Administrative officials of Mountain Ed were initially ​content with the version that passed in Georgia’s Senate. But when the bill reached the House, lawmakers made changes in the language, eliminating vital streams of state funds under the assumption that operational expenses of Mountain Ed could be absorbed by local school systems, jeopardizing the future of its charter.

That bill – Senate Bill 153 – cleared both legislative chambers and was signed into law by Gov. Brian Kemp in 2021, and unless a new bill was drafted and passed by lawmakers, Mountain Ed along with two other alternative schools in the state, Coastal Plains and Foothills, could be stripped of their charters by 2024.

Rep. Chris Erwin, R-Homer, is now pushing for House Bill 87 – a piece of legislation he authored that would allow Mountain Ed and the other schools to function as they did prior to the bill filed in 2021, primarily through the restoration of state funding.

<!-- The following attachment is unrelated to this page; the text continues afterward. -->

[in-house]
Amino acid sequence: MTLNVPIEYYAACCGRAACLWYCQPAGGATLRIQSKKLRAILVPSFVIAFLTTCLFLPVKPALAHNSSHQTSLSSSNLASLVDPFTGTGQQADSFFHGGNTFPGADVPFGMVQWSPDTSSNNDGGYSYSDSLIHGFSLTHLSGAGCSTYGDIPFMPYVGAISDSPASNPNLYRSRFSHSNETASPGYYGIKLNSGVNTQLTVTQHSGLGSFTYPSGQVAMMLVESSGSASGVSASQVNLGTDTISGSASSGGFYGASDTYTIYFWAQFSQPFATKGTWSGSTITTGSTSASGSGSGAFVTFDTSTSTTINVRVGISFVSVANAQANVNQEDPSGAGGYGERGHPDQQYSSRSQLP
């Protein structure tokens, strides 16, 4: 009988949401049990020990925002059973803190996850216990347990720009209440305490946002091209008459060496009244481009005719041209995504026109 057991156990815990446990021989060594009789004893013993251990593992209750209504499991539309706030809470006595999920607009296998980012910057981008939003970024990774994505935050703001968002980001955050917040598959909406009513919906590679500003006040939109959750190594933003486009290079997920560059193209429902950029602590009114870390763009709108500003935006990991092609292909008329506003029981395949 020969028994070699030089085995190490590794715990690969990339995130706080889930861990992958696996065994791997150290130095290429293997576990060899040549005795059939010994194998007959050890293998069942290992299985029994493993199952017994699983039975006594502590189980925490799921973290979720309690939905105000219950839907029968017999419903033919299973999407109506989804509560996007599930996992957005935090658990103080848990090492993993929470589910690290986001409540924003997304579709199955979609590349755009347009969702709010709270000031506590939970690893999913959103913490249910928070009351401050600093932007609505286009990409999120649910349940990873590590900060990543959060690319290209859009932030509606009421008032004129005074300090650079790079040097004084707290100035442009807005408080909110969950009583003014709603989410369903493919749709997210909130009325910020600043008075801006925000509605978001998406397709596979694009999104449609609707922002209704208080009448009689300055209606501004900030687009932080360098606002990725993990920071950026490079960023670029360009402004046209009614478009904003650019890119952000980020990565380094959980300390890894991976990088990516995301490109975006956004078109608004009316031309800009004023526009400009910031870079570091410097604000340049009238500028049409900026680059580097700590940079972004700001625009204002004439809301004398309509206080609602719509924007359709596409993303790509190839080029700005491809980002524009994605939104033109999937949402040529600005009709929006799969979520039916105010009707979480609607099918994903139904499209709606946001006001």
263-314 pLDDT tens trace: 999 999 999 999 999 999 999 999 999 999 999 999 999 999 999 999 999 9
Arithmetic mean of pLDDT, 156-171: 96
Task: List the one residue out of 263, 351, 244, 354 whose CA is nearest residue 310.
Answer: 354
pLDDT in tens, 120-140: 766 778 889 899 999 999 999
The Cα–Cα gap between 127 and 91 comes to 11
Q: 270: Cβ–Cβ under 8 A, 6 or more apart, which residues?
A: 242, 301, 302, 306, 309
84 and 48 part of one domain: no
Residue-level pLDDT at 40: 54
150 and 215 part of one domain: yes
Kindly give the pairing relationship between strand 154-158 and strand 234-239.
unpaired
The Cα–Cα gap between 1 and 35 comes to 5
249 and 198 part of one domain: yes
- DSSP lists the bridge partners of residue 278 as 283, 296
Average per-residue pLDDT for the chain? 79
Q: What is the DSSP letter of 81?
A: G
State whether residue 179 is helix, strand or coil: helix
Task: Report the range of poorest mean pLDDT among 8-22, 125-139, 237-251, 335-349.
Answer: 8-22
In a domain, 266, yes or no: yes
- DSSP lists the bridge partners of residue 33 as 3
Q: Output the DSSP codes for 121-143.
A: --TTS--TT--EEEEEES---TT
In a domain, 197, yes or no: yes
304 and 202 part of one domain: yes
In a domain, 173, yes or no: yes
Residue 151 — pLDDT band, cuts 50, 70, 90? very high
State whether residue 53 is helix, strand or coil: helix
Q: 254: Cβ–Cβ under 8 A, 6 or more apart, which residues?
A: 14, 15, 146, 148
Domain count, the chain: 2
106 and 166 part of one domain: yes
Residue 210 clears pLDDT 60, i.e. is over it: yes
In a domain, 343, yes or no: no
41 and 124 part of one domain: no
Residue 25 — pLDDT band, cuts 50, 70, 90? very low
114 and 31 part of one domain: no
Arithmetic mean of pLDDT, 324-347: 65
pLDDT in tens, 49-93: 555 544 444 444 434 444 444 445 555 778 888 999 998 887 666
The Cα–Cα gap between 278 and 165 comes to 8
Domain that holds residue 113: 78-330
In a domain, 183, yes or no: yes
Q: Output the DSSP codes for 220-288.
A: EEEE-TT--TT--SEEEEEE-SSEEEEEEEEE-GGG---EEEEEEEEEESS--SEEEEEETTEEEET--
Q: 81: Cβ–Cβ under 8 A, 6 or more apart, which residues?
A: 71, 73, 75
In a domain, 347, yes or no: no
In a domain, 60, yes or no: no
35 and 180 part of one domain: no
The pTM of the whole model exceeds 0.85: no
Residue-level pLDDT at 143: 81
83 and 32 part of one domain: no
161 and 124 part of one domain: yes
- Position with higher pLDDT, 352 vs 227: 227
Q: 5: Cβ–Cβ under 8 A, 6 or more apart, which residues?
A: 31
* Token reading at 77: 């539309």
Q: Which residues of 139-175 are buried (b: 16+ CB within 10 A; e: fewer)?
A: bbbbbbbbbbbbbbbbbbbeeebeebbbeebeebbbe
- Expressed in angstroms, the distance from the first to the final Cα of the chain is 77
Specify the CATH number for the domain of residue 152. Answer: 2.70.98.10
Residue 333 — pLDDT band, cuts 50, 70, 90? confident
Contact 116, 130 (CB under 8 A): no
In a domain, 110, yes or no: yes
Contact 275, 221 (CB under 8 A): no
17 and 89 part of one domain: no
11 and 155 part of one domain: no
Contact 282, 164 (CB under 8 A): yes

Erwin estimates the new bill, filed late last week, would provide up to $1,300 to students who decide to leave traditional high school for one of the three alternative charters, though that number would vary depending on the number of classes a student takes. 

Through a heavier weighted funding formula and a partnership between charter schools and local school systems, according to Erwin, students who may be falling behind or disenfranchised by traditional high school structures would have the ability to attend schools like Mountain Ed either on a part-time or full-time basis.